Helfont paints a picture of conflict between the Brotherhood and the Salafis throughout the Arab world, examining regional fallout with an examination of the ideological and political struggle between the antagonists. He reinforces the importance, perhaps unwittingly, of the Shi’a-Sunni factor in the comparative strengths of the Brotherhood versus the Salafis. In Yemen, Iraq, Lebanon, and Kuwait the conflict is embedded in sectarian identity and reinforced by Sunni radicalism. To the Salafis, the Shi’a are little more than infidels, while the Brotherhood takes a somewhat more tolerant view.
In part three, the author assesses the place of Jihad in the ideology of both movements. To the Muslim Brotherhood the central focus of Jihad is defensive, revolving around the concept of resistance to Western imperialism and colonialism. However, despite claims to the contrary the Brotherhood does not avoid violence, straying from the more pacific preaching of founder Hassan Al-Banna and adopting the philosophy of violence espoused by Syed al-Qutb as demonstrated in Egypt. The Wahhabi/Salafist concept is more of an offensive expansionist design, although often cloaked in communiqués stressing the defensive character of Al-Qaeda attacks around the world. Non-Salafist Muslims are often depicted as heretics with few distinctions loosely drawn between combatants and civilians. Thus the attacks of September 11th were seen as legitimate. Salafists basically view the world in two spheres, the House of Islam (or peace) and the House of the Unbelievers (or war). The duty of each true Muslim is to see the House of War absorbed by the House of Peace, though not necessarily by violent means.
In his conclusions, Helfont categorically rejects the idea that U.S. policymakers should favor one over the other, writing it would only create a monolithic radical power. While positing that open, stable societies are the best antidote to Islamic radicalism, he sees pushing democracy in these societies as likely to result in more radical regimes. This ironically flies in the face of previous conventional wisdom that depicted democratization as one of the answers to Islamic radicalism.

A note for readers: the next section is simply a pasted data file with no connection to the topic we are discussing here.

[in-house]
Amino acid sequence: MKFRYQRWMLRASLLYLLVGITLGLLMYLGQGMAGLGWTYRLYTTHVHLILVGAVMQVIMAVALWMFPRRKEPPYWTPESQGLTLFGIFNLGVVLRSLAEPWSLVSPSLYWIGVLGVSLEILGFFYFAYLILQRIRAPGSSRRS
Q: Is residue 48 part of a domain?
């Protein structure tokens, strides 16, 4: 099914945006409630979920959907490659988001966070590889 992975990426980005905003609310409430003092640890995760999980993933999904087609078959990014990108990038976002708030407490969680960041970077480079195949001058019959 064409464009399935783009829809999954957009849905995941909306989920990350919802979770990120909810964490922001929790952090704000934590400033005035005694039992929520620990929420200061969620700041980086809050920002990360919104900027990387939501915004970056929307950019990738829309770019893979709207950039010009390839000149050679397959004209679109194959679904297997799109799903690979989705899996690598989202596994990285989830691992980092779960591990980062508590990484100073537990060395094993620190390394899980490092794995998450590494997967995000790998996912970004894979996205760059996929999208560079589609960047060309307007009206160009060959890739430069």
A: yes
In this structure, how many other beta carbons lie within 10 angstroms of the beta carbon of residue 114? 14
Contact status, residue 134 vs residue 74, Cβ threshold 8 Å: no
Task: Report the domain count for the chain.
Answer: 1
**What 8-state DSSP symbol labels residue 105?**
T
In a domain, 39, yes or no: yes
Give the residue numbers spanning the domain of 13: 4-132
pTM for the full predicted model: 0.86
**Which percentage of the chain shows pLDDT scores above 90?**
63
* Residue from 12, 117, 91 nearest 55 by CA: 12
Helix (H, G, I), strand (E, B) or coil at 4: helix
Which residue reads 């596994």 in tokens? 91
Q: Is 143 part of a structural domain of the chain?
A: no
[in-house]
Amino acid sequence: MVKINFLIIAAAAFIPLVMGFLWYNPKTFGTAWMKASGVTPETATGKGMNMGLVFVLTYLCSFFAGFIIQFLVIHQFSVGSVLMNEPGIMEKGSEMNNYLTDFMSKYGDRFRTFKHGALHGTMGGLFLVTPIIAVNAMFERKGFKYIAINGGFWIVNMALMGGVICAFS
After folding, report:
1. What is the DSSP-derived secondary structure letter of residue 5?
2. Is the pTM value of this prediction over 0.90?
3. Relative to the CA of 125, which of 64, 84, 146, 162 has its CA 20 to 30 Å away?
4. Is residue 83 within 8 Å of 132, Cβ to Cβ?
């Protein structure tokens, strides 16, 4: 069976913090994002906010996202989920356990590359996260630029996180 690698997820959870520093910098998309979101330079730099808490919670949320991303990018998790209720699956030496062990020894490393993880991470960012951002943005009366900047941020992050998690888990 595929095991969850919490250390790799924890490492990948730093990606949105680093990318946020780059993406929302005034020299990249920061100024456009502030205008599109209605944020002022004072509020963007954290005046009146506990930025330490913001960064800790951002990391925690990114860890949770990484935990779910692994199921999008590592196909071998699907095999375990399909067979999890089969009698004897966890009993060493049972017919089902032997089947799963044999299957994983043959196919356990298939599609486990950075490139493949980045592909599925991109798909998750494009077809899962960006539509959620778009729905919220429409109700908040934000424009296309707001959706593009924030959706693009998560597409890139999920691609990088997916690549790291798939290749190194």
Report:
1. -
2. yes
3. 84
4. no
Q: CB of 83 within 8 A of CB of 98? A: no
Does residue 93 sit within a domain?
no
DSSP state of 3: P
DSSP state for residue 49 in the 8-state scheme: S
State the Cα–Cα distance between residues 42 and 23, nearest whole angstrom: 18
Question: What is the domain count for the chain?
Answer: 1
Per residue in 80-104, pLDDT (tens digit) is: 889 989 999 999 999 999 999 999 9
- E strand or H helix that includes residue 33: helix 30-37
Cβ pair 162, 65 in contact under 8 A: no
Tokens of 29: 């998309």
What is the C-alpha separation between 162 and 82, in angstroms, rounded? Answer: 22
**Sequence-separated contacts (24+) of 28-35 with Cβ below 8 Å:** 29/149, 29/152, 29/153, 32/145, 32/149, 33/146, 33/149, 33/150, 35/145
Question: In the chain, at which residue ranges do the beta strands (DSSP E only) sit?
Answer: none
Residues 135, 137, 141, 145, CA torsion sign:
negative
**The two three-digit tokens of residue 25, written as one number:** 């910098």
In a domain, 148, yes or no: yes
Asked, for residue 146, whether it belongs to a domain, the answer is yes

The remainder of the author’s conclusions and recommendations are somewhat pedestrian. He urges greater understanding of Islamic rules of war, enabling us to refute Wahhabist Islamic interpretations. These, he writes are so important to the Wahhabists that we can undercut their motivation. Other experts obviously disagree. In a very well researched analysis done by the U.S. Army Strategic Studies Institute the authors conclude, “Recognize the simultaneous impracticality of armistices and reconciliation with Islamic militants and the Islamic rationale for attempting such solutions.”4
Helfont sees the Muslim Brotherhood as amenable to dialogue given its more cosmopolitan and modernist origins. While not supporting dialogue with the Wahhabis, the Brotherhood is seen as open to accommodation with the West.
A reader might differ on a number of points, nevertheless this monograph is valuable in that it explores the specifics of radical organizations, staying away from some of the more esoteric and legalistic tomes on Islamic radicalism. It refutes the concept of monolithic Islamic radicalism, and urges a more subtle and a more diffused approach to counter Islamic terrorism.
Helfont is the author of Yusuf al-Qaradawi: Islam and Modernity and is a Foreign Language and Area Studies Fellow in Princeton University’s Department of Near Eastern Studies, where he is pursuing a Ph.D. An Iraq war veteran, he continues to serve as an intelligence officer in the U.S. Navy Reserve.